Here is a use case to unfold or open the folds:
Continuing with other aspects of the example in
Continuing with other aspects of the example in
Next, consider default folds to let an IM application apply folding rules automatically. Users can define default folding rules. For example, an IM client will automatically fold the transcripts at turns, at topic changes, at names of people, or provide users the option of when to fold.
At Decision 312, the messaging application may receive a signal to synchronize: in other words, define a fold view and share this view with others. If so, the “Yes” path is taken to 316. At Block 316 all the IM clients participating in the IM meeting display one common fold view. After operations at Block 316, the example ends at Block 317. On the other hand, if no command is received to synchronize, the “No” path is taken to end at Block 317.
Continuing with details of
Decision 309 symbolizes the option to define default folding rules. At Block 310 users can define default folding rules. For example, an IM client will automatically fold the transcripts at turns, at topic changes, at names of people. On the other hand, from decision 309, the “No” path may be taken directly to 311. At Block 311 the messaging application receives a command to invoke a particular folding rule. For example, a user wants to fold all text prior to half an hour ago, so she types in a command and activates a predefined rule: “fold 30 minutes.” The transcripts will fold all text prior to half an hour earlier. Or an IM application may apply default folding rules automatically, in the absence of a contrary command-from a user.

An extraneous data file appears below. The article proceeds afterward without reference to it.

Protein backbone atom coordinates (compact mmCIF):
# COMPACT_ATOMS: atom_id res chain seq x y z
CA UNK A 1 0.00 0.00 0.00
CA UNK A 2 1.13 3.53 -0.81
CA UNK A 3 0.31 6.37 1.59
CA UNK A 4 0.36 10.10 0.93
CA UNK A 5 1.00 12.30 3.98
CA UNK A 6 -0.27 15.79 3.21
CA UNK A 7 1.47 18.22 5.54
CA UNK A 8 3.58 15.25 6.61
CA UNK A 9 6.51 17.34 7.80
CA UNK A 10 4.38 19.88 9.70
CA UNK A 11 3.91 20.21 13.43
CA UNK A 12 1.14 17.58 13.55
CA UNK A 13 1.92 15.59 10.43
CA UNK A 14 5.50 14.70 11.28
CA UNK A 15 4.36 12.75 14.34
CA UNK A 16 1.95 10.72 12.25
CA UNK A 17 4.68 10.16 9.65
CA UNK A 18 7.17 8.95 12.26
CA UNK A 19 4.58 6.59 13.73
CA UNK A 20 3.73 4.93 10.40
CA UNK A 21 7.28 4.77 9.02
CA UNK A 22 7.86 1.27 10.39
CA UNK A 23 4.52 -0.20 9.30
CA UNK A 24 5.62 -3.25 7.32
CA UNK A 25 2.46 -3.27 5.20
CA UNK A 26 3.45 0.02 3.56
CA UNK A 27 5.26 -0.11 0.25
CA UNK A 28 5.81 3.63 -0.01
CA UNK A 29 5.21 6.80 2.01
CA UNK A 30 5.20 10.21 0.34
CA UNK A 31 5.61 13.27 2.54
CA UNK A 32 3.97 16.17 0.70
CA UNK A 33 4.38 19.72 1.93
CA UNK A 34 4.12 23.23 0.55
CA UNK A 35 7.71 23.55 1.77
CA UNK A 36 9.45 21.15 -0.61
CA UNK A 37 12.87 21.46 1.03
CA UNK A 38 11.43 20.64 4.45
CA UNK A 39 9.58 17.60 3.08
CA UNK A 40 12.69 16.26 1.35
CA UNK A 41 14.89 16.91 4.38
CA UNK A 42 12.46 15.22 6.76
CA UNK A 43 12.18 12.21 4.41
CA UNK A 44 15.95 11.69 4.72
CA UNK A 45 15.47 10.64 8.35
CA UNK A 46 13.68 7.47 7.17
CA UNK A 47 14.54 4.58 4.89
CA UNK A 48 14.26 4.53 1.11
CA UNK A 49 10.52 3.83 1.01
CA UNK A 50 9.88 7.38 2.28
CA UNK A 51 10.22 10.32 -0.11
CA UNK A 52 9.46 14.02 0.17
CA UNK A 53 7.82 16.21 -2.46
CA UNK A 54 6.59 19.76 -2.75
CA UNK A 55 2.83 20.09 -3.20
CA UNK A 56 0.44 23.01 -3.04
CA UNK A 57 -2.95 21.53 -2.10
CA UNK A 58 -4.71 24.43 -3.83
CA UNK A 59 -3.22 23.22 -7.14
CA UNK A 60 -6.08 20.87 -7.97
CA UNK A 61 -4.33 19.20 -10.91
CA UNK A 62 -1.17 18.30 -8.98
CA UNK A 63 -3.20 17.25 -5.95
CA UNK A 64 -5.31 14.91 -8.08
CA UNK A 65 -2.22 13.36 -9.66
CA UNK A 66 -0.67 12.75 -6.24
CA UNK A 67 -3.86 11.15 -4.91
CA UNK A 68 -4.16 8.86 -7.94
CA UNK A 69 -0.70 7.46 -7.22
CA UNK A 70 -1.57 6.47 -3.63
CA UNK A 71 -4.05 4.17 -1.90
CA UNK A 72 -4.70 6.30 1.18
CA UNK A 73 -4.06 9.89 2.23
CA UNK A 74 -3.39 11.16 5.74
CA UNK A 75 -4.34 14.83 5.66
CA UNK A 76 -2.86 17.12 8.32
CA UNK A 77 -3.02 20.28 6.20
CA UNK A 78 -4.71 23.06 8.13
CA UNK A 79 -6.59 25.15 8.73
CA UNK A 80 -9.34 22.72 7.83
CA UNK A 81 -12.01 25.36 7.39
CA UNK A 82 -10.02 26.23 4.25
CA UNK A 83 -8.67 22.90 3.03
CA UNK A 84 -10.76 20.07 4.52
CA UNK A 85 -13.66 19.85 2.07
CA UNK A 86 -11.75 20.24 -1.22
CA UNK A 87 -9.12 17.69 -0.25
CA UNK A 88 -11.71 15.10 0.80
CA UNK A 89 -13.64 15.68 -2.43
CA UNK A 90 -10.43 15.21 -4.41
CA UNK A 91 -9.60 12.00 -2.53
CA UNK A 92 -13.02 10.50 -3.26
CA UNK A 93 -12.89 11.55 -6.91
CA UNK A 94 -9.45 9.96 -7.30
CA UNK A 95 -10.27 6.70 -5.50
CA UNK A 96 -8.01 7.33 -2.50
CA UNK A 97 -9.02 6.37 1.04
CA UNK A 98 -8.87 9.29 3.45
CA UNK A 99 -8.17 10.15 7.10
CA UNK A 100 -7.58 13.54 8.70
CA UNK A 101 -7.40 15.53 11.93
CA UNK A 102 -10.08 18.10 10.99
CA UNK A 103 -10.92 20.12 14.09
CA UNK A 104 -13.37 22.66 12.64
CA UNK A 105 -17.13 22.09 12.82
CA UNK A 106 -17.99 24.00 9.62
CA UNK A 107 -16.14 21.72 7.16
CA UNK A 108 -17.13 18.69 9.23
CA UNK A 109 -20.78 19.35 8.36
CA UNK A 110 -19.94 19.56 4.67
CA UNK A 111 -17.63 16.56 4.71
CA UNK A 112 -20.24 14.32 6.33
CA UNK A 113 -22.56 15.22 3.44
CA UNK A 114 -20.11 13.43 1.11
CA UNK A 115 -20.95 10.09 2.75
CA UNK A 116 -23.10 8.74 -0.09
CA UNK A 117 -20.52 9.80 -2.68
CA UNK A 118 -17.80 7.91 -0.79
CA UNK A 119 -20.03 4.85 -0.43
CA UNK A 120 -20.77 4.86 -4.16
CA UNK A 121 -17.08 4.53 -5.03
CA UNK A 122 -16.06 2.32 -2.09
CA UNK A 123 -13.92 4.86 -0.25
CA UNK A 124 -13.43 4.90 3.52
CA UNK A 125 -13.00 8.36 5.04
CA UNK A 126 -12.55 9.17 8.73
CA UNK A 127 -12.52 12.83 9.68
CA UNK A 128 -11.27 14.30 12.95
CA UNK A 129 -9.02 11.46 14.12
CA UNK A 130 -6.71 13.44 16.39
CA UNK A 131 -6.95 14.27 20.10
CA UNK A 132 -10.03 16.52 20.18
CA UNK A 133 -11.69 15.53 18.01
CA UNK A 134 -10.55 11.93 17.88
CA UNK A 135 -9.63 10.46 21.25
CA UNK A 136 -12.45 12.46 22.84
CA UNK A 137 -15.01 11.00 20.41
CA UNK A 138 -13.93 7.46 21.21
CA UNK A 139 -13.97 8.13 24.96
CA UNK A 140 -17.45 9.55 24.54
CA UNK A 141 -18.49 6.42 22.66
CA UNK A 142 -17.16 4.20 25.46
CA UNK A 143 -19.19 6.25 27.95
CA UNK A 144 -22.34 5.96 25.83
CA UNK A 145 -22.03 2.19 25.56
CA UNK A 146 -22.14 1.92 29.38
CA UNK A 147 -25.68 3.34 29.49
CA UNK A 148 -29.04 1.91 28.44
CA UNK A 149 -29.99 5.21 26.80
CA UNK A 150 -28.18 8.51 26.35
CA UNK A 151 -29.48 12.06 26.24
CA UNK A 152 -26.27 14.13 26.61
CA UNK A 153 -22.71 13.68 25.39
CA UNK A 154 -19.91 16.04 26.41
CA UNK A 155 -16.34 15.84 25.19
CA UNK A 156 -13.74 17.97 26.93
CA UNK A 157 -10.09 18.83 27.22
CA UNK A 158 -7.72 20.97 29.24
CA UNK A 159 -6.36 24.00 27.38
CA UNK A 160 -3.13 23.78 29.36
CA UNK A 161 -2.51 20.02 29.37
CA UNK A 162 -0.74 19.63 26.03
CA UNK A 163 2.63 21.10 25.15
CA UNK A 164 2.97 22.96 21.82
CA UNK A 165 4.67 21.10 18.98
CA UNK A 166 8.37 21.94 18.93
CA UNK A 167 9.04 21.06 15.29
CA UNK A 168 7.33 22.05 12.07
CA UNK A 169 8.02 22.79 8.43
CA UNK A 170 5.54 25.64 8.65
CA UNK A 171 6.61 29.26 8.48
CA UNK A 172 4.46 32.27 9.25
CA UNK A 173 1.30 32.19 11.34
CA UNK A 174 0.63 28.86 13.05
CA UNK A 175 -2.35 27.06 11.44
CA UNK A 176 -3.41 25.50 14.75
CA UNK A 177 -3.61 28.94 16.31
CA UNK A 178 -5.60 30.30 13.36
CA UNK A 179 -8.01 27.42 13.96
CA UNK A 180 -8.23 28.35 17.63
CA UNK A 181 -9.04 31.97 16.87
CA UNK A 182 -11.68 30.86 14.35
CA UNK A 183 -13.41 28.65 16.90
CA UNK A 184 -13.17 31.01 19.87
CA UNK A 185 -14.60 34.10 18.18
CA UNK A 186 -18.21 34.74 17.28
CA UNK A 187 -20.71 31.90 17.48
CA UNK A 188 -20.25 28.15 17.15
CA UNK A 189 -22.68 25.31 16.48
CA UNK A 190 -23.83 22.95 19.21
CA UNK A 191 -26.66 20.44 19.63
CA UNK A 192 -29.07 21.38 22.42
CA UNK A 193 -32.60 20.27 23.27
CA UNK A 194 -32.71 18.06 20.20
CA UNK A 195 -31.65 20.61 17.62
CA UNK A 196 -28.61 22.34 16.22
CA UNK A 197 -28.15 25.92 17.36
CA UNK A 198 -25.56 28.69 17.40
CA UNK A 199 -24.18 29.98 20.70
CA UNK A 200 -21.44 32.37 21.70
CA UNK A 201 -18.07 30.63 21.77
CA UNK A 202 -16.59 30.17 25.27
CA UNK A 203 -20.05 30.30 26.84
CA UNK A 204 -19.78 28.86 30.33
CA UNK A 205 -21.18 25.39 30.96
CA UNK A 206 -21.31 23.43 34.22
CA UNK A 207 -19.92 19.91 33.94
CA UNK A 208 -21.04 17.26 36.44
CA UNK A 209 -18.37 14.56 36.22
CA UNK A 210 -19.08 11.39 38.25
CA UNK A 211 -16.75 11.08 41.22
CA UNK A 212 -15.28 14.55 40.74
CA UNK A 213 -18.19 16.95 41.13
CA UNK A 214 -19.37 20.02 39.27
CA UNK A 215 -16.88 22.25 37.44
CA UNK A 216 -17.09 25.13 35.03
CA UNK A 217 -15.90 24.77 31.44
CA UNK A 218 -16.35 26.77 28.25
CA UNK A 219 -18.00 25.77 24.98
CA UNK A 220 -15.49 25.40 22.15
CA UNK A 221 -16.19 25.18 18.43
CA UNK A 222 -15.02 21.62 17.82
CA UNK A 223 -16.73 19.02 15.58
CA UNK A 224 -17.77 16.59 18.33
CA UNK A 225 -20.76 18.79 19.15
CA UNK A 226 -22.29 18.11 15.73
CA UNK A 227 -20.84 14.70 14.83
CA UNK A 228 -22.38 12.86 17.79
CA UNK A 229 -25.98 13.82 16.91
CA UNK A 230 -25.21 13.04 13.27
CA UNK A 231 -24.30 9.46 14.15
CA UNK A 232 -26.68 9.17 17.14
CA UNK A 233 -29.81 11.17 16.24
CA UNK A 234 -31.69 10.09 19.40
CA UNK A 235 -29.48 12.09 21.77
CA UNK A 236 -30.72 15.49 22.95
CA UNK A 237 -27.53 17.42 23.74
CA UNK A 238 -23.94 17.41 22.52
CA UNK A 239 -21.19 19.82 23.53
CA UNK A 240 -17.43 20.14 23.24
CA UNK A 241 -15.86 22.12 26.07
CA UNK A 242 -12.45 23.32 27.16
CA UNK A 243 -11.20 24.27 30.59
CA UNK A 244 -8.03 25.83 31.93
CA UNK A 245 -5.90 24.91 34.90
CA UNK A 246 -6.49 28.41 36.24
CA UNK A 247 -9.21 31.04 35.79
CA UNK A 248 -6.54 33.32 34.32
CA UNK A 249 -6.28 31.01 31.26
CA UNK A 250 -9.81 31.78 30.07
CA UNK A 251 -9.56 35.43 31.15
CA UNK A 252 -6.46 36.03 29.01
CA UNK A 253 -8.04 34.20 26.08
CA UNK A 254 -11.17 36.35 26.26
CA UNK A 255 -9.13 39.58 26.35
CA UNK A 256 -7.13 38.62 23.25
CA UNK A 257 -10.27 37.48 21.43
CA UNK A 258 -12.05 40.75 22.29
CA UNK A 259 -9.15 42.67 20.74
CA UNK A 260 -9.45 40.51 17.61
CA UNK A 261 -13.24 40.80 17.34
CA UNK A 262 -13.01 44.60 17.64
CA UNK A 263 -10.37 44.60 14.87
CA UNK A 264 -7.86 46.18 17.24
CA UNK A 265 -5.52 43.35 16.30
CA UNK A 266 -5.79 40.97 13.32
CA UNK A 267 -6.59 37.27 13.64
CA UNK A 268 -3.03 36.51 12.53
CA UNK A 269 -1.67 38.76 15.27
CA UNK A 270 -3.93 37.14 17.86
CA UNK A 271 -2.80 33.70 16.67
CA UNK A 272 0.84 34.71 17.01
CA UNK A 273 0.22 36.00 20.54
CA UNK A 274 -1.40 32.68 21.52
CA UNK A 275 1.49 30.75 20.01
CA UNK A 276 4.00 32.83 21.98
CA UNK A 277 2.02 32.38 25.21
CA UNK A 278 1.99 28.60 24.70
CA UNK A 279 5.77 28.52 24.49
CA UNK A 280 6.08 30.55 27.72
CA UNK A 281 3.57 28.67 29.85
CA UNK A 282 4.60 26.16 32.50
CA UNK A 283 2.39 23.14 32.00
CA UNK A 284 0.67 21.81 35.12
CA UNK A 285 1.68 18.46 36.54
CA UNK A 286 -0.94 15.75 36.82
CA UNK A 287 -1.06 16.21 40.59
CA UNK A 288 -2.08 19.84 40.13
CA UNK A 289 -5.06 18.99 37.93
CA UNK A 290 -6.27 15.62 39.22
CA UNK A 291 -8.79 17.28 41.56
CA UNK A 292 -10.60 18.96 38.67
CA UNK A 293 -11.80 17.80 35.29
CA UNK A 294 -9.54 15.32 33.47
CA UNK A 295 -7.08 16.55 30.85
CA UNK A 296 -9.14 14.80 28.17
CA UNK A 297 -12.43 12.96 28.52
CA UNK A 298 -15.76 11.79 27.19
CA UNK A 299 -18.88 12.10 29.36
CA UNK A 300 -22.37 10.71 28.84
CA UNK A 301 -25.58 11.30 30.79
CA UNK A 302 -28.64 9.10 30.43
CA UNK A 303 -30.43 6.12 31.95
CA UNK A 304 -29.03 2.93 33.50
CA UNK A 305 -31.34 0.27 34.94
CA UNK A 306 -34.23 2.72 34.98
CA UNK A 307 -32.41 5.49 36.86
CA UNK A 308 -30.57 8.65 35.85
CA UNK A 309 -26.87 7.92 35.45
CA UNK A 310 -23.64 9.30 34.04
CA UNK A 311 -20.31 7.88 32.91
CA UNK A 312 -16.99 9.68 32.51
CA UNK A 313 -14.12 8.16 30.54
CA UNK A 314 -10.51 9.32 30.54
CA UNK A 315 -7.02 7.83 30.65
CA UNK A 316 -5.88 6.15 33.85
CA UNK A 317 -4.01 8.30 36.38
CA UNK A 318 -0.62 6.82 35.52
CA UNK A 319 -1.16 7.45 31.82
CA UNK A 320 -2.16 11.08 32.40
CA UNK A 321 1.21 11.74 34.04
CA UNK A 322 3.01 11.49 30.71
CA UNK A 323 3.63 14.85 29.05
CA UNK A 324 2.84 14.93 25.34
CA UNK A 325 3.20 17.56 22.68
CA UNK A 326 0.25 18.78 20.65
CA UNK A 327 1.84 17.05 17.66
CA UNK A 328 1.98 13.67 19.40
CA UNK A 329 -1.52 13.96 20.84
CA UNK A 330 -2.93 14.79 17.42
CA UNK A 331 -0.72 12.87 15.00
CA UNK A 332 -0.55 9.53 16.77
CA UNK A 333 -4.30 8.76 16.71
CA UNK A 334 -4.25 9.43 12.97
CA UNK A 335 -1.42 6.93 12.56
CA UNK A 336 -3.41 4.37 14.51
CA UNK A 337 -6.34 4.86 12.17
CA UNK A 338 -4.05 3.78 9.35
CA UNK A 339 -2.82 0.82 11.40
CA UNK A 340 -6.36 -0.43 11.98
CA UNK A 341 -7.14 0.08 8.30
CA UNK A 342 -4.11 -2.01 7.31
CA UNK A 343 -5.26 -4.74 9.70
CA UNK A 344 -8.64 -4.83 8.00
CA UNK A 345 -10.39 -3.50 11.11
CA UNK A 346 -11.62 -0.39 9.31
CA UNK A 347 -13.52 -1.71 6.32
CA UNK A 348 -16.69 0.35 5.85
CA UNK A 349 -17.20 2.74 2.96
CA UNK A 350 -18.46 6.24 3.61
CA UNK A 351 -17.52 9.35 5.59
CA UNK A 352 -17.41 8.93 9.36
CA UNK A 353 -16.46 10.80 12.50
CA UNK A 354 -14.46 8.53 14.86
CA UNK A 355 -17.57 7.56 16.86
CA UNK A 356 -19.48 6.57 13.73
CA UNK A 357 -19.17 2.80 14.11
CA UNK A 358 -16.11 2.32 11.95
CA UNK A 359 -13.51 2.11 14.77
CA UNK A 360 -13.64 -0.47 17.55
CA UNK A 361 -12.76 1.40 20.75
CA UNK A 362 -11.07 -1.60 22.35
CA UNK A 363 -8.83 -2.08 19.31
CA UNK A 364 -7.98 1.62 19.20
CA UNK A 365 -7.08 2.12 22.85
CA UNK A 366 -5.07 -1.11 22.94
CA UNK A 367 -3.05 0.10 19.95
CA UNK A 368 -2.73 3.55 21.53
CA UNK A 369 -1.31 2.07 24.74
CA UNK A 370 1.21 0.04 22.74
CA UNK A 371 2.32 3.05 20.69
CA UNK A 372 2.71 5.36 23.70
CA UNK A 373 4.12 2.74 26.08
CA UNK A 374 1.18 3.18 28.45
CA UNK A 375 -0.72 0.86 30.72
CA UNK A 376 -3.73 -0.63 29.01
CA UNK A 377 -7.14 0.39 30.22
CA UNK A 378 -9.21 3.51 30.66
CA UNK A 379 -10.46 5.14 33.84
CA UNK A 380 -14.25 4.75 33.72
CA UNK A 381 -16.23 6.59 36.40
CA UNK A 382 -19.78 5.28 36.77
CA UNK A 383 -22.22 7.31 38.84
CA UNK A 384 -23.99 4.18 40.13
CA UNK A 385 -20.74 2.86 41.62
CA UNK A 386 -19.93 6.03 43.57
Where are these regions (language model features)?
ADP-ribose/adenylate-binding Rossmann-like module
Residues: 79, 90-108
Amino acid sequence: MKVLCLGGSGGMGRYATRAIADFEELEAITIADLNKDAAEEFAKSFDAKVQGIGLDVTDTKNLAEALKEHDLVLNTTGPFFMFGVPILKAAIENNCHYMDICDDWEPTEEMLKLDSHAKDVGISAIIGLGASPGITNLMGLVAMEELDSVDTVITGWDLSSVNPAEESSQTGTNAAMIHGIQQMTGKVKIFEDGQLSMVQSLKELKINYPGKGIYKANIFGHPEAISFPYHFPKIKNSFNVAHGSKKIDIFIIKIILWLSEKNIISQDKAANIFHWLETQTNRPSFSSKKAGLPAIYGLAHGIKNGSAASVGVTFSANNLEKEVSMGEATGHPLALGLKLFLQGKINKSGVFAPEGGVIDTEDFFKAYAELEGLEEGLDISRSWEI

In the example in
In the example in
Clients 401-404 and server 405 may be implemented with various software having messaging functions, such as software products sold under the trademarks LOTUS NOTES and LOTUS DOMINO by IBM, for example. Another implementation option is free, open-source software available under the trademark JABBER from Jabber Software Foundation. JABBER is well-suited for building custom functionality on top of the core protocols. Examples are described in an article by William Wright and Dana Moore, “Instant Messaging A Programmer's Tool? Jabber and Lightweight Languages Do the Trick,” Dr. Dobb's Journal, pages 48-53, March 2004, herein incorporated by reference. The article examines the JABBER client-side protocol, and use of JABBER with various programming languages including Python, Perl, and Ruby. The JABBER protocol is described as “a bidirectional XML stream exchanged between the IM client and Jabber server.”
In conclusion, we have shown examples of systems and methods that hide certain parts of a text to facilitate communication and organization. We have provided detailed examples involving instant messaging.